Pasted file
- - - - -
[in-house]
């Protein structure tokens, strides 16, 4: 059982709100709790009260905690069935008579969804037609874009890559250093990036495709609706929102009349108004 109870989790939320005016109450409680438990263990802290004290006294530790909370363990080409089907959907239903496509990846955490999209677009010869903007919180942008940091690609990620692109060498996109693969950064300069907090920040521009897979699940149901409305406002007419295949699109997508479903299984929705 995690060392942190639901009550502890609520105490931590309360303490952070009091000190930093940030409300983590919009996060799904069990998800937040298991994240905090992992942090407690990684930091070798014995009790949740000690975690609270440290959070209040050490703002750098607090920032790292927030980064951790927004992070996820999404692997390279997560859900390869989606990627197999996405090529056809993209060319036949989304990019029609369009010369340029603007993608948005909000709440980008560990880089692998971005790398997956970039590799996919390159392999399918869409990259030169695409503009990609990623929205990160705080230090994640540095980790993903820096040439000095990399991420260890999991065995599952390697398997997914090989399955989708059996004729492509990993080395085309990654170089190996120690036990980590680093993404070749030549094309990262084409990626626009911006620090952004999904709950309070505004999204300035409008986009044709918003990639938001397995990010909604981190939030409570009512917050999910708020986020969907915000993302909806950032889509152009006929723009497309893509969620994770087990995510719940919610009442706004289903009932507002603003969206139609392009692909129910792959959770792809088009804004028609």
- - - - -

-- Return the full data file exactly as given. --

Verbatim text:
[in-house]
């Protein structure tokens, strides 16, 4: 059982709100709790009260905690069935008579969804037609874009890559250093990036495709609706929102009349108004 109870989790939320005016109450409680438990263990802290004290006294530790909370363990080409089907959907239903496509990846955490999209677009010869903007919180942008940091690609990620692109060498996109693969950064300069907090920040521009897979699940149901409305406002007419295949699109997508479903299984929705 995690060392942190639901009550502890609520105490931590309360303490952070009091000190930093940030409300983590919009996060799904069990998800937040298991994240905090992992942090407690990684930091070798014995009790949740000690975690609270440290959070209040050490703002750098607090920032790292927030980064951790927004992070996820999404692997390279997560859900390869989606990627197999996405090529056809993209060319036949989304990019029609369009010369340029603007993608948005909000709440980008560990880089692998971005790398997956970039590799996919390159392999399918869409990259030169695409503009990609990623929205990160705080230090994640540095980790993903820096040439000095990399991420260890999991065995599952390697398997997914090989399955989708059996004729492509990993080395085309990654170089190996120690036990980590680093993404070749030549094309990262084409990626626009911006620090952004999904709950309070505004999204300035409008986009044709918003990639938001397995990010909604981190939030409570009512917050999910708020986020969907915000993302909806950032889509152009006929723009497309893509969620994770087990995510719940919610009442706004289903009932507002603003969206139609392009692909129910792959959770792809088009804004028609």